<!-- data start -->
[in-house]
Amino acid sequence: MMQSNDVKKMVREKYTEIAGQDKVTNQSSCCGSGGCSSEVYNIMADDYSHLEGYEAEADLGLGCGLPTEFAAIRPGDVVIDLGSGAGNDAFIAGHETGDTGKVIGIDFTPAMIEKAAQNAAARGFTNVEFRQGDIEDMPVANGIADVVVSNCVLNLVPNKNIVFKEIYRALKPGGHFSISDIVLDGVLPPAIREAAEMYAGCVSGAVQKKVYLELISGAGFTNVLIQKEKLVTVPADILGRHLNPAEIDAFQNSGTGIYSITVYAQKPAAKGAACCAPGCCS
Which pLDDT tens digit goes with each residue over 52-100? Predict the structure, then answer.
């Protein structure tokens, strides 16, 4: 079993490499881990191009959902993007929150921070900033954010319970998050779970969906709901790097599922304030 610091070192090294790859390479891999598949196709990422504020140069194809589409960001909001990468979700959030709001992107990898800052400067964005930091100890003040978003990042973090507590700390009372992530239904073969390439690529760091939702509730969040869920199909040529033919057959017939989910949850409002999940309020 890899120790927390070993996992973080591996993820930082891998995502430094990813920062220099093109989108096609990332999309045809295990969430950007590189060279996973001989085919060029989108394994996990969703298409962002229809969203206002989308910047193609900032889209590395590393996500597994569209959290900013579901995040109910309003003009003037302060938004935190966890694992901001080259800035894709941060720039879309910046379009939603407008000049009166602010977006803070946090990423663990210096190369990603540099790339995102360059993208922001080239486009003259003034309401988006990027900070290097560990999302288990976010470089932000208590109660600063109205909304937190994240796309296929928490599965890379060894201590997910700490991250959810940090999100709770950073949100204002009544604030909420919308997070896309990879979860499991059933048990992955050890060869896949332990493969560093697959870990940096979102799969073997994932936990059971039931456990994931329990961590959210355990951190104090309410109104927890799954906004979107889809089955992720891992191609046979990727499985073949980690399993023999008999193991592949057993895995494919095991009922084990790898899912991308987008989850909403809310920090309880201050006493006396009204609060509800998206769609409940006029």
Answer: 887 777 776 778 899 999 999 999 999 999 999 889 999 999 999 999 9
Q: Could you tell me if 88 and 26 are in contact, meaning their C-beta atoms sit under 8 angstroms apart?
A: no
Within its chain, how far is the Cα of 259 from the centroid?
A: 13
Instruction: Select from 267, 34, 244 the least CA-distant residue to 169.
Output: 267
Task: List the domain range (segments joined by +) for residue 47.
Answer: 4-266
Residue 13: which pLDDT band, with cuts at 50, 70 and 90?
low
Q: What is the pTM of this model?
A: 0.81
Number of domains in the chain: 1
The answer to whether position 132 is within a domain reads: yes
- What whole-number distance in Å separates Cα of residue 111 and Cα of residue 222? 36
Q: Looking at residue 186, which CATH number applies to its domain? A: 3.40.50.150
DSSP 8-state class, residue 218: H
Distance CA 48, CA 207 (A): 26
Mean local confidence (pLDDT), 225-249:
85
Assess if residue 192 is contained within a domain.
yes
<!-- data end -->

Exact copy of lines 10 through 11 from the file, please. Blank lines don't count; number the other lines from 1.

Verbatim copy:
Instruction: Select from 267, 34, 244 the least CA-distant residue to 169.
Output: 267